Are Fillings in Baby Teeth Necessary? It Depends

Are Fillings in Baby Teeth Necessary? It Depends
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Are Fillings in Baby Teeth Necessary? It DependsClinical Content Reviewed by Dr. Jay Khorsandi, DDS
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Table of Contents

  1. Facts About Children & Cavities
  2. Are Fillings in Baby Teeth Really Necessary?
  3. Why Do All Cavities Likely Need Treatment?
  4. What is the Pediatric Filling Process?
  5. Prevention
  6. References

Humans are born with two sets of teeth. The first set, known as deciduous teeth, or baby teeth, erupt during infancy. They're later replaced by the adult teeth, or permanent teeth, between the ages of 6 and 12.

Even though your child won't keep their baby teeth forever, these teeth are important. They allow children to eat and speak clearly, and they serve as placeholders for the adult teeth. As such, baby teeth require good care. If your child develops cavities in their baby teeth, those cavities usually need to be filled.

Facts About Children and Cavities

Cavities occur because of the overabundance of bacteria in the mouth. These oral bacteria feed on sugars, then they secrete acidic waste substances that eat away at the tooth enamel over time.

There’s nothing unusual about finding cavities in baby teeth.

According to the CDC, 20 percent of children ages 5 to 11 have at least one untreated cavity.

As in adults, tooth decay brings negative effects to children. It causes pain, affects speech, and may cause children to miss school.

Luckily, cavities in the baby teeth are treatable. There's also a lot you can do to prevent childhood cavities in the first place.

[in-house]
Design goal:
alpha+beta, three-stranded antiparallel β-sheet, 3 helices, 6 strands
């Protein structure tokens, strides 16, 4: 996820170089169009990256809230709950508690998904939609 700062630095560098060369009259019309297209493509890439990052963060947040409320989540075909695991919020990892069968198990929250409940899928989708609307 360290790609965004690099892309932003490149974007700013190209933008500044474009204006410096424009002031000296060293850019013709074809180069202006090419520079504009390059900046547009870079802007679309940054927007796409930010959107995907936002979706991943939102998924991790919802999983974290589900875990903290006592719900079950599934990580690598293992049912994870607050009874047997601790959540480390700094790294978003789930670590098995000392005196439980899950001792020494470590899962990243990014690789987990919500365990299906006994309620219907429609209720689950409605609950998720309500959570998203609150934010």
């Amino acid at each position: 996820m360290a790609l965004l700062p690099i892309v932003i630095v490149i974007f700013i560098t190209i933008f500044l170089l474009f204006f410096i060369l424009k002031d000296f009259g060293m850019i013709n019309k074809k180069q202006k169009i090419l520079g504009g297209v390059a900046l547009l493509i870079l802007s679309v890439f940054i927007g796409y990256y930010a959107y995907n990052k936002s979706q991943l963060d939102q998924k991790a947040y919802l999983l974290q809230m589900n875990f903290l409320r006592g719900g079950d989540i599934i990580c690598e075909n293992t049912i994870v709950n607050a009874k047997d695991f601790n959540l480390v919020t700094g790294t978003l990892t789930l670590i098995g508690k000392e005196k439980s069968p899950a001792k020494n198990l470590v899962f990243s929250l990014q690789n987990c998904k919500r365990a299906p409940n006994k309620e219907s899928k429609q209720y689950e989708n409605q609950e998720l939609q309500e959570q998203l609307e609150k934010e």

Are Fillings in Baby Teeth Really Necessary?

Sometimes parents assume that because their child is going to lose their baby teeth, cavities in those teeth don't require treatment. However, dentists almost always recommend filling cavities in baby teeth for the following reasons:

  • Cavities in baby teeth cause pain, which makes it hard for your child to chew and speak
  • Children with dental pain tend to earn lower grades than their peers
  • Allowing tooth decay to perpetuate in childhood increases the risk of decay in the adult teeth
  • Untreated cavities can lead to dental abscesses and more serious infections
  • Fillings stop the decay process, ensuring the baby tooth stays in the mouth to guide the adult tooth into place

Why Do All Cavities Likely Need Treatment?

Occasionally, a dentist may note a cavity in a baby tooth that your child is about to lose in the next few months. They may decide it is unnecessary to fill the tooth because your child is going to lose it so soon. But such a stance is an exception. In almost all cases, dental cavities in baby teeth need to be treated.

If a cavity in a baby tooth is not filled, decay will spread. Eventually, the tooth may weaken to the point that it needs to be extracted. Then your child may need to wear a tooth spacer to maintain the empty space for the adult tooth to emerge. Filling a cavity is simpler and less expensive than having your child fitted for a tooth spacer.